What I’d Tell My Younger Self

If I could go back 8 years to when my son was in 1st grade (or 10 years to when he was in pre-school) this is what I would tell myself. I’d be very blunt and that’s okay because it’s myself. 

Stop doing school.

Just stop. Put away your schedules and Charlotte Mason books and Sonlight book lists and CC Scope & Sequence and dreams and goals and pressures and worries. Stop doing school.

Focus on heart attitude and obedience first. We will get to school in a few weeks. Or months. But we need to get some things in order first.

Your children need to obey you and they are not. If you ask them to go sit in a chair, they argue and complain or throw fits. Work on that. Get them to sit in a chair when you ask. Or for the toddler, get him to stay in a pack and play when you tell him and not climb out. Here’s a great talk about that.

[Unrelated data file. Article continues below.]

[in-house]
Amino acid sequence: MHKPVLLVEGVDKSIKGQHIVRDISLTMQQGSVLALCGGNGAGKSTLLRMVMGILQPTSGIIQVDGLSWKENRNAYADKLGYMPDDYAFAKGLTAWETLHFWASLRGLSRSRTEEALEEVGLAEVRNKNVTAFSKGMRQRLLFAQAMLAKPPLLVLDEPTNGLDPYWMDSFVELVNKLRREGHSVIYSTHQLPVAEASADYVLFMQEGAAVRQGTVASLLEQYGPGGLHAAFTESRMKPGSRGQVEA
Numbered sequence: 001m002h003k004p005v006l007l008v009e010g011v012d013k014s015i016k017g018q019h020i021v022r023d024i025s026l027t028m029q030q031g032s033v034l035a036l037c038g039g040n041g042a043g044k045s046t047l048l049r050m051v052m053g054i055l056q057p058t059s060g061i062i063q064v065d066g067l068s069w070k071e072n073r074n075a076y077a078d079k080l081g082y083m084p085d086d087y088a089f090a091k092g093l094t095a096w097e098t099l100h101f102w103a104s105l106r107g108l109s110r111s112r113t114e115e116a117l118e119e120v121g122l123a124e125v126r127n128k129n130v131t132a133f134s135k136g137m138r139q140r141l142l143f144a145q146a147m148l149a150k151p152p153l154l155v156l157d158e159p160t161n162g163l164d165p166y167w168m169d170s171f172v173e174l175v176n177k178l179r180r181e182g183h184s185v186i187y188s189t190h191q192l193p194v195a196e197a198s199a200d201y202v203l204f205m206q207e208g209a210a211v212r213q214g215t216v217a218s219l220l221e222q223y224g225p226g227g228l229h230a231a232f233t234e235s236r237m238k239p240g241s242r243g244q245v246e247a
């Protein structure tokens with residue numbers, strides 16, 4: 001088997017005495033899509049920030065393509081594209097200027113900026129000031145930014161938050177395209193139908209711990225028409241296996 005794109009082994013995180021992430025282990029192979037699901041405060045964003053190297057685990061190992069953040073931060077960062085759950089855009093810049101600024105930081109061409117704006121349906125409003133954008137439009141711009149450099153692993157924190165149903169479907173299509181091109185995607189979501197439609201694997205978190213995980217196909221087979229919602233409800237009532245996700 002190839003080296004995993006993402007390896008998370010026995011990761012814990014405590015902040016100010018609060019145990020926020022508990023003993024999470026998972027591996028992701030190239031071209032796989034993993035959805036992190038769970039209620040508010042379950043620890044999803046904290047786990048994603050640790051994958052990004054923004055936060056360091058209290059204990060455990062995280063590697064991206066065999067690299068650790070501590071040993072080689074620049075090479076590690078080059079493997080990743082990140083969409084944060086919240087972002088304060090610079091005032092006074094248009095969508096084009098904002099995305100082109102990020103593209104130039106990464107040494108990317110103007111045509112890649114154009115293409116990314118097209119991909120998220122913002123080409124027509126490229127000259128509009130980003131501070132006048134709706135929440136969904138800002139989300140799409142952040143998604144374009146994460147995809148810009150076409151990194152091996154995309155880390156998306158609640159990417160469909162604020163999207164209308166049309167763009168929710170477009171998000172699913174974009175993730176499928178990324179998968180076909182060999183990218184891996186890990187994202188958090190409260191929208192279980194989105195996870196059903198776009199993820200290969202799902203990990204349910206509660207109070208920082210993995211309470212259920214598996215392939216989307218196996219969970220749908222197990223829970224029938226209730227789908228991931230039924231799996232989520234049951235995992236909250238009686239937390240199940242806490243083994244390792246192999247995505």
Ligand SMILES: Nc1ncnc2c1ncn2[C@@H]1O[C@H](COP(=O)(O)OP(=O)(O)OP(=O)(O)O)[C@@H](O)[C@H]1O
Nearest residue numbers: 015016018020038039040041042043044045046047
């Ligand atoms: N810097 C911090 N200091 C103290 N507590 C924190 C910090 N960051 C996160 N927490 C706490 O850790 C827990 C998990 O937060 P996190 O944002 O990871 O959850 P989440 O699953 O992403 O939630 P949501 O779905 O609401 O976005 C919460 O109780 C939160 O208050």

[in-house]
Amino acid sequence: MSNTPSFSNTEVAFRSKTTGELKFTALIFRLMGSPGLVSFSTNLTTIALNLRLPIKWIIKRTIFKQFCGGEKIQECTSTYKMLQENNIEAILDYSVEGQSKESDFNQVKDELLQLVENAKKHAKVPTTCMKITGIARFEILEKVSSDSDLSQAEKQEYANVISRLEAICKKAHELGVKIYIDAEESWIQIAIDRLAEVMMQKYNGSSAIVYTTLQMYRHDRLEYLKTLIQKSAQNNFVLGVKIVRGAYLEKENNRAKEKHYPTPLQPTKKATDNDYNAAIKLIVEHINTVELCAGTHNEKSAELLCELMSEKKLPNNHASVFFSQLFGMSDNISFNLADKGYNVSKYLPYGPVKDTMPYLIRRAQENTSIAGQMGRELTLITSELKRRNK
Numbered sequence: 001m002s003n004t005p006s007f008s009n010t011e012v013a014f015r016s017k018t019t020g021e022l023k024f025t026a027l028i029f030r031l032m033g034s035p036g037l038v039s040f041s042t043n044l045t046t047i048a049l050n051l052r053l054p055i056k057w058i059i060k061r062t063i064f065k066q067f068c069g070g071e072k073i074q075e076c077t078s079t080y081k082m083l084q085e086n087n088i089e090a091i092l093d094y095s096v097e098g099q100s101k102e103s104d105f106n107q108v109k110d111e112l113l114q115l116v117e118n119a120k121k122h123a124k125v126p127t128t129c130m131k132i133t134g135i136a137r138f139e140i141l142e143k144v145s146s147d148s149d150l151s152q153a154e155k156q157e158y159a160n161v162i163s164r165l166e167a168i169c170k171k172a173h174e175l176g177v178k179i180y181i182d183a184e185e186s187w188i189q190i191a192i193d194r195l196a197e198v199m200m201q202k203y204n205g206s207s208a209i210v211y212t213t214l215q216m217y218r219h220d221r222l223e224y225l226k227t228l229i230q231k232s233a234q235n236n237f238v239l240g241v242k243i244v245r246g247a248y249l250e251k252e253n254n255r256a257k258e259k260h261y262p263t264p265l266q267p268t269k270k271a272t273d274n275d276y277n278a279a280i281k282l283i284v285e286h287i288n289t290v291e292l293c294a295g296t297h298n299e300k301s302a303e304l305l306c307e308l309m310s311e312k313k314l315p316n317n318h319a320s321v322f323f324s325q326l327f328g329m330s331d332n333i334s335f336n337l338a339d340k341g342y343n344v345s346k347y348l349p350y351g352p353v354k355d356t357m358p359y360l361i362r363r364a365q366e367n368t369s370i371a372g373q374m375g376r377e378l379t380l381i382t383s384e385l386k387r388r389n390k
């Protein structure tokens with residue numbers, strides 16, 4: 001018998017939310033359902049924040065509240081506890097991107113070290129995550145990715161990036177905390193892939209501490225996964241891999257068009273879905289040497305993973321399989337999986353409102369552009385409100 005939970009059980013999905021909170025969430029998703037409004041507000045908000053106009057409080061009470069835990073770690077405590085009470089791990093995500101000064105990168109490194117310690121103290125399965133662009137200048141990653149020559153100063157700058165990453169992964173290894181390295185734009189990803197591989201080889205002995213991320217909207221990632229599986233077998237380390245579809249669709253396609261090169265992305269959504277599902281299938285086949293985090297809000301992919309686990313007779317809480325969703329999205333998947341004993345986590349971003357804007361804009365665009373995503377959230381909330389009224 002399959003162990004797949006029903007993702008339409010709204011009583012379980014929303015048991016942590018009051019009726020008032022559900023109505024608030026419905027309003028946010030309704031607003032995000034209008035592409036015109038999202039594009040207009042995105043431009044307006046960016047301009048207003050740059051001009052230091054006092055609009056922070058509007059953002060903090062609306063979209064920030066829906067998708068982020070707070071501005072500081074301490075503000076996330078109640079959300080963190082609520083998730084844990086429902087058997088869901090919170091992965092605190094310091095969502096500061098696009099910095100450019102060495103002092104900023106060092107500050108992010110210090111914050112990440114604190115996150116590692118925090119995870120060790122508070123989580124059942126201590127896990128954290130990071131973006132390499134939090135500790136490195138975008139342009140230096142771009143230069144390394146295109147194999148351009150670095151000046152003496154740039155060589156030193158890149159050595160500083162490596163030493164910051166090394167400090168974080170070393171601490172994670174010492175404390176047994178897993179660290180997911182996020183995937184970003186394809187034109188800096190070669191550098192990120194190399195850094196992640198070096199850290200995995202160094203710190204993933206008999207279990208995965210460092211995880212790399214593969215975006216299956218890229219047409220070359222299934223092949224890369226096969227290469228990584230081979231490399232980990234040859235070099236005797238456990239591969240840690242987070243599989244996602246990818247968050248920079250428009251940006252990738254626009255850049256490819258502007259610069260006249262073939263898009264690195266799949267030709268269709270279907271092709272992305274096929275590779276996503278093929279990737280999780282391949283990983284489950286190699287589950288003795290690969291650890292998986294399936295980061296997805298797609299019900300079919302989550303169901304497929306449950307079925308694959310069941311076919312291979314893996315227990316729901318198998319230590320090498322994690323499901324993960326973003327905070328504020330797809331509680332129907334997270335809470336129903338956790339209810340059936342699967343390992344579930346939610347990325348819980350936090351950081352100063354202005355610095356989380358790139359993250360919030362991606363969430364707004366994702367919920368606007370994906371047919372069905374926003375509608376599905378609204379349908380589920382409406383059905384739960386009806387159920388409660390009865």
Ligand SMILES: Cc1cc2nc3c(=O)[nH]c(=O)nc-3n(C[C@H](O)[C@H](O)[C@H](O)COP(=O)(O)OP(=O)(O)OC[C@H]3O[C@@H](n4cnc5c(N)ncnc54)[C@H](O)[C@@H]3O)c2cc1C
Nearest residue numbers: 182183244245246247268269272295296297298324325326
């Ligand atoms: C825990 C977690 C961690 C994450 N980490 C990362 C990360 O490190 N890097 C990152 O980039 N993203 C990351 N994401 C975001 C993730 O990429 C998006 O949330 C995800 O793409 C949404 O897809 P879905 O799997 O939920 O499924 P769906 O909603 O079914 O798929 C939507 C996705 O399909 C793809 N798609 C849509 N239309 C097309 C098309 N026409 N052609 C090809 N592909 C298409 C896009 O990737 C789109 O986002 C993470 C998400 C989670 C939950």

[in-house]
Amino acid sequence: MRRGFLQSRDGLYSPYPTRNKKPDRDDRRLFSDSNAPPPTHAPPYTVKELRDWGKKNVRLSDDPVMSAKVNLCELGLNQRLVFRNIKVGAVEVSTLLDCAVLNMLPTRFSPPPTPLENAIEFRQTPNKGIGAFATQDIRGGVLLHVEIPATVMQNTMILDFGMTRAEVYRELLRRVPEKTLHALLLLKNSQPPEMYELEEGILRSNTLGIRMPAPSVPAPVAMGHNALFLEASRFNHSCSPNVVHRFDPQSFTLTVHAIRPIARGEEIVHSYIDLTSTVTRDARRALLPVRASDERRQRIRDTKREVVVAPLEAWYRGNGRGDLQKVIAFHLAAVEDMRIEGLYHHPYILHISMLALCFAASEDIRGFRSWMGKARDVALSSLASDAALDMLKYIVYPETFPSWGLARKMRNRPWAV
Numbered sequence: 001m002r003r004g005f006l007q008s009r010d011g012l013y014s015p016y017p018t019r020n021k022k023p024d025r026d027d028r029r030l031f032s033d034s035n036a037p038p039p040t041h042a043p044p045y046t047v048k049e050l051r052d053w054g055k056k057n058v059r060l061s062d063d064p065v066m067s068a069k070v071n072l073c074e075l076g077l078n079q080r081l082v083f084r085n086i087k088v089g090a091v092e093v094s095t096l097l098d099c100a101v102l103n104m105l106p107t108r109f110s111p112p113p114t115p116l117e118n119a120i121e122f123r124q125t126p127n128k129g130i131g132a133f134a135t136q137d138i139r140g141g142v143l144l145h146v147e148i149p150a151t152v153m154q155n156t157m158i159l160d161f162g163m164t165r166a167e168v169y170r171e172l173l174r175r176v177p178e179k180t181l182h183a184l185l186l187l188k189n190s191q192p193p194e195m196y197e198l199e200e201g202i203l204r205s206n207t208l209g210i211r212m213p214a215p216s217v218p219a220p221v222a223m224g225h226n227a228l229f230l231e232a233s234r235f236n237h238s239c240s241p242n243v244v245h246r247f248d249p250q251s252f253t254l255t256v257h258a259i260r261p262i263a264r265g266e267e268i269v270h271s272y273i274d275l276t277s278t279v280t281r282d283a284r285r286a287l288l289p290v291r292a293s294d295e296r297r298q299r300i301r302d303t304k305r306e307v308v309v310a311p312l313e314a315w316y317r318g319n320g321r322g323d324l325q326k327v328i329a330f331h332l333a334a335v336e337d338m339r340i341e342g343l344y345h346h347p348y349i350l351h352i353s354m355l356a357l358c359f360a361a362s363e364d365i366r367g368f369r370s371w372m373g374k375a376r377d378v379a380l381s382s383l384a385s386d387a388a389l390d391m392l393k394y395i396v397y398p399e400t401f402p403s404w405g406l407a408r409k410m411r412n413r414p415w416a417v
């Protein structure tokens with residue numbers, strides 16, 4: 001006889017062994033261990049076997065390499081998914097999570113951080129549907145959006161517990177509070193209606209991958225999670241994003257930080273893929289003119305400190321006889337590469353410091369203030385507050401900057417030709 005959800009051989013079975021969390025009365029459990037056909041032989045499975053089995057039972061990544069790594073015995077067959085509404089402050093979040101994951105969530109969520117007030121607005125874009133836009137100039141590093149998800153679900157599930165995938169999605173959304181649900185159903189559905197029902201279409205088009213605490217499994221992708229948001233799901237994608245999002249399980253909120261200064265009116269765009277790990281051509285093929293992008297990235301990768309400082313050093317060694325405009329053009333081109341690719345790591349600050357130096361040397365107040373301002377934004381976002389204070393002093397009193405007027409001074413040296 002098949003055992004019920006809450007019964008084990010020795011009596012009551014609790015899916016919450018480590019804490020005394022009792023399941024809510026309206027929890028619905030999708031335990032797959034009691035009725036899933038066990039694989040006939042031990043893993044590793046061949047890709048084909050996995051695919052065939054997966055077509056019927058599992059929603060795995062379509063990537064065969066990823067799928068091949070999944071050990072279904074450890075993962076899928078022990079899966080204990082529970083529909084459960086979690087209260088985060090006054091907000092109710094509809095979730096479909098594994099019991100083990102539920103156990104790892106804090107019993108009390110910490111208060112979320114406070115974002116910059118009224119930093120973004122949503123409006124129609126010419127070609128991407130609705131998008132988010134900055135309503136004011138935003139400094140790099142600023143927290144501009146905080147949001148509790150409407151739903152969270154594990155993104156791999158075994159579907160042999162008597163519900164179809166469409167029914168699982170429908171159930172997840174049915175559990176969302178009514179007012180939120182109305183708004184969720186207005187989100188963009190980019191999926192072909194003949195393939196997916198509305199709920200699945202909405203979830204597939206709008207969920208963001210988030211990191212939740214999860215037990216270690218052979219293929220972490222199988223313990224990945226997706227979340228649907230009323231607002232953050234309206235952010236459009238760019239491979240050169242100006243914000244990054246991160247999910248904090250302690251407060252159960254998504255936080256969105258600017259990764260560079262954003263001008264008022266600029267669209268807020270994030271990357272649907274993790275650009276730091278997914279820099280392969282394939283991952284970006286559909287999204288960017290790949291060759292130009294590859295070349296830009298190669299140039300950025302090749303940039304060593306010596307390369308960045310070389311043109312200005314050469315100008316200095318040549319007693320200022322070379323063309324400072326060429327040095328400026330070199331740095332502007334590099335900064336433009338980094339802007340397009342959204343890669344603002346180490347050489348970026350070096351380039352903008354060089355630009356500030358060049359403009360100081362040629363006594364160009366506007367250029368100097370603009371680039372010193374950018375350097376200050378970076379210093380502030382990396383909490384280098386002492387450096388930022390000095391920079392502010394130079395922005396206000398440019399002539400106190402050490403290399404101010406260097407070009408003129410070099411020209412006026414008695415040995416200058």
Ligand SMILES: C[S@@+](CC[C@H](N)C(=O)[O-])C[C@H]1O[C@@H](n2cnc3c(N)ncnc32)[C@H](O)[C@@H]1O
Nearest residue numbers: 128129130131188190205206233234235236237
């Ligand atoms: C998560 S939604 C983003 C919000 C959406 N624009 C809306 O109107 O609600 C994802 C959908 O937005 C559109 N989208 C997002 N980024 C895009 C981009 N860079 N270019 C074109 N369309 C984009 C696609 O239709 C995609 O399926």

Now, at this point I know you are getting worried, younger self. You are thinking maybe this is too harsh, maybe you can distract or cajole them into doing what you want. Why do they need to sit in a chair anyway? Can’t you just make this work?  In fact, couldn’t we just take everyone to the park and ignore this whole thing?


I’ll tell you why. The chair isn’t the issue. Obedience is the larger issue. Respect is the larger issue. Who is the one in charge of the home is the issue.

If your children don’t obey you, you will spend the next 5, 10 years in constant battles. You will not be able to enjoy them. They will be discouraged that they are constantly in trouble and you are constantly mad at them. There will be very little joy. You will be exhausted that no one listens to you. You will know they are brilliantly smart and so frustrated that school takes forever. You will feel like they are in control of the house but you won’t know what to do about it.